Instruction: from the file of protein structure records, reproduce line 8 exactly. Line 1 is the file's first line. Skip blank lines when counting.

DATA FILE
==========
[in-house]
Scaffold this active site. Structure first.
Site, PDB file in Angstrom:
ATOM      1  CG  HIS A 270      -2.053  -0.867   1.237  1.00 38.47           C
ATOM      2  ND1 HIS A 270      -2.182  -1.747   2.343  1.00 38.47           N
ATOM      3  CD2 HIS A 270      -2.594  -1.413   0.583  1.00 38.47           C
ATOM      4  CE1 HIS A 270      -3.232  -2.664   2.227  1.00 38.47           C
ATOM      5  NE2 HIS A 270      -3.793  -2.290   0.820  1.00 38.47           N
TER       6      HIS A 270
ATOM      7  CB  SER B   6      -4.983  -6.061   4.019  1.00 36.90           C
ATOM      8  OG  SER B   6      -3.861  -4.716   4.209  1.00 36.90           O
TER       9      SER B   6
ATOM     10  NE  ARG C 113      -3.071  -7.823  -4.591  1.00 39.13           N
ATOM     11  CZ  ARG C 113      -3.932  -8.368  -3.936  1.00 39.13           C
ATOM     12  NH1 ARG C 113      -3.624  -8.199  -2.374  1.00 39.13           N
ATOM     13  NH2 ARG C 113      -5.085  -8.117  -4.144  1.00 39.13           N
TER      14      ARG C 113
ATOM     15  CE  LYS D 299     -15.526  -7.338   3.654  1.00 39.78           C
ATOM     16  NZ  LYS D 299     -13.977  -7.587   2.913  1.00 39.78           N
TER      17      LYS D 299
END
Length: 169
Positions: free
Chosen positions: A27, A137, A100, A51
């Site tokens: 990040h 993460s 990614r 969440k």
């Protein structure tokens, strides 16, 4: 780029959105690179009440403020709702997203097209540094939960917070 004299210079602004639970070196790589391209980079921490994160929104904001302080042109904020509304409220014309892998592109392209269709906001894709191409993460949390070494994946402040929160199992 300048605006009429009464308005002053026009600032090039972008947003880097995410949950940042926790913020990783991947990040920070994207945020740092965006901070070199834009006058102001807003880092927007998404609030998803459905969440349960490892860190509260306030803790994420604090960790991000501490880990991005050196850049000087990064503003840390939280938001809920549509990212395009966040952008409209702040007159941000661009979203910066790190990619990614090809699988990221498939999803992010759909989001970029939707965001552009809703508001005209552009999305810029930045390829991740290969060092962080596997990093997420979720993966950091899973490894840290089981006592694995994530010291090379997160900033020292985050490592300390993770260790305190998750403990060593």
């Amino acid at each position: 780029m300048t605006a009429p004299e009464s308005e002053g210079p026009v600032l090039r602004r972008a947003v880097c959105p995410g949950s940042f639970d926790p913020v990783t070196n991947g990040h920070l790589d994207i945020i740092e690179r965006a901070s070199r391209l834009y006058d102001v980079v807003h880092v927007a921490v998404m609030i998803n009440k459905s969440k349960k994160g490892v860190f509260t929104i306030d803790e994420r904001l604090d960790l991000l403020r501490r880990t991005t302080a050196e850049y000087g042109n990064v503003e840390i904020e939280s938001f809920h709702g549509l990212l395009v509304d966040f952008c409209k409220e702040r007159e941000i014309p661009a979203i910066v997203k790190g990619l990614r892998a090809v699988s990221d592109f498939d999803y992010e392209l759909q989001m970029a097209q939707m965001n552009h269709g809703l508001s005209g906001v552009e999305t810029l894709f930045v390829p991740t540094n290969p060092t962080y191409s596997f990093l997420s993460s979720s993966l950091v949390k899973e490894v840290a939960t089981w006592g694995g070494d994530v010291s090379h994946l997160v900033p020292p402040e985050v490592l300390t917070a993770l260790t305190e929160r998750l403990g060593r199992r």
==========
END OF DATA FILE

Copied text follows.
ATOM      5  NE2 HIS A 270      -3.793  -2.290   0.820  1.00 38.47           N